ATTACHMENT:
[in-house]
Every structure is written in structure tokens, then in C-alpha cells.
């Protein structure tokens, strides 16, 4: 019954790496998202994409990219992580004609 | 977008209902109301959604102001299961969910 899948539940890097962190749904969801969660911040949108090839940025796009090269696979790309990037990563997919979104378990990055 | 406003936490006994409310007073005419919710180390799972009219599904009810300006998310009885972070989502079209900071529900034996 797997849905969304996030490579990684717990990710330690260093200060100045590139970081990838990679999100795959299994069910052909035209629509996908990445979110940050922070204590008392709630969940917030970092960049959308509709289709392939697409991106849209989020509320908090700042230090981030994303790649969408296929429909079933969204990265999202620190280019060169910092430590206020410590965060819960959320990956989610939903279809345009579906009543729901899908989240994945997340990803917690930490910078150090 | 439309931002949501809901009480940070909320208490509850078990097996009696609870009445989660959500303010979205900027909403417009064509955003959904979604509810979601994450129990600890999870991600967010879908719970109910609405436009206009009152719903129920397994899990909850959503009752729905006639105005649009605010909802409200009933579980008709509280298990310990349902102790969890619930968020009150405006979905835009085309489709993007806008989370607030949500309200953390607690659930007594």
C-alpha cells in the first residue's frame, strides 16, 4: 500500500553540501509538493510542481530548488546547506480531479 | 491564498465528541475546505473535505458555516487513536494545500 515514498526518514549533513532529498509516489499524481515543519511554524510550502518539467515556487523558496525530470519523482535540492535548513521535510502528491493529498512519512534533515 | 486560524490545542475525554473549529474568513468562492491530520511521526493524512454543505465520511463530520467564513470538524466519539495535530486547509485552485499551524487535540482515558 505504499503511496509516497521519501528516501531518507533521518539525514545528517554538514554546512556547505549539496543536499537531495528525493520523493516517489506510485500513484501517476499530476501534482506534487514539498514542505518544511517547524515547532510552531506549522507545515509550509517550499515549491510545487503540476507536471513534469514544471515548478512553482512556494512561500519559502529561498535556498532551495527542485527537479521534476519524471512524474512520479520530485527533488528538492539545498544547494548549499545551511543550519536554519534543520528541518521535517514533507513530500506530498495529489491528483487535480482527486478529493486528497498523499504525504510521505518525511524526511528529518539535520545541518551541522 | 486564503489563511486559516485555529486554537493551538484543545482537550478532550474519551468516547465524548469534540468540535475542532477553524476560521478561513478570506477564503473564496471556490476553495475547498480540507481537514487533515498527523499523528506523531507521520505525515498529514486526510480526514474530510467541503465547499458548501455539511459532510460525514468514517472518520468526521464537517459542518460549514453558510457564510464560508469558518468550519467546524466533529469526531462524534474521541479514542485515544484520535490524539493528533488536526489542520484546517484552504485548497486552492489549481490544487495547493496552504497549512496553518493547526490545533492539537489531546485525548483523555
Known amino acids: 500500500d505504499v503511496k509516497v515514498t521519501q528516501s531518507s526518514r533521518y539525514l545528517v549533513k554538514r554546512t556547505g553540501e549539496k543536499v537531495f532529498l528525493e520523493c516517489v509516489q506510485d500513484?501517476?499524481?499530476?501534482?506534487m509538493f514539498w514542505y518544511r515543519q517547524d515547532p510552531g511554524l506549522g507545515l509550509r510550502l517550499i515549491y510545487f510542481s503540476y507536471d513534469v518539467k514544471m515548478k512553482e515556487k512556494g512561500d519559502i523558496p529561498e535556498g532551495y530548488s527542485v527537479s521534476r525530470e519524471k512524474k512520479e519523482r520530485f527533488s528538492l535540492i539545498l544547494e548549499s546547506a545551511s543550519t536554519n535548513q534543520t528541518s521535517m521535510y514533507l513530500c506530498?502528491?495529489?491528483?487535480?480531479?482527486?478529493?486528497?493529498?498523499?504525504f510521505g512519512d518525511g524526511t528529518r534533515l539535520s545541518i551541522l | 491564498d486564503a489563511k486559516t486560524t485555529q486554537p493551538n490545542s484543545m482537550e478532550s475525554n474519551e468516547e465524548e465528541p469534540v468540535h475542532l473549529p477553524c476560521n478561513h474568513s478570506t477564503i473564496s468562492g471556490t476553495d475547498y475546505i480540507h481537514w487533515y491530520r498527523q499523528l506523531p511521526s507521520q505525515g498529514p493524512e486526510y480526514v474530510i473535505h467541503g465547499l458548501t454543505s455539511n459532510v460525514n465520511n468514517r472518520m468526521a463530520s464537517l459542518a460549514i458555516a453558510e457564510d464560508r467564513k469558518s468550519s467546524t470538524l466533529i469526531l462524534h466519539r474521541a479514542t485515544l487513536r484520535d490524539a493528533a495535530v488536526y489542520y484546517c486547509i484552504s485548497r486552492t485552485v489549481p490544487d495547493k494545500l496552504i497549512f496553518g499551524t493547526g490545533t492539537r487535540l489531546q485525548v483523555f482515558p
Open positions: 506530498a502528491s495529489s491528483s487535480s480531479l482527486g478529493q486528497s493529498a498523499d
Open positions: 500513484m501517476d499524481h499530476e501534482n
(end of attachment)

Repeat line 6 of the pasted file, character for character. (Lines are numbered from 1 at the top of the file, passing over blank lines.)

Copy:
Open positions: 506530498a502528491s495529489s491528483s487535480s480531479l482527486g478529493q486528497s493529498a498523499d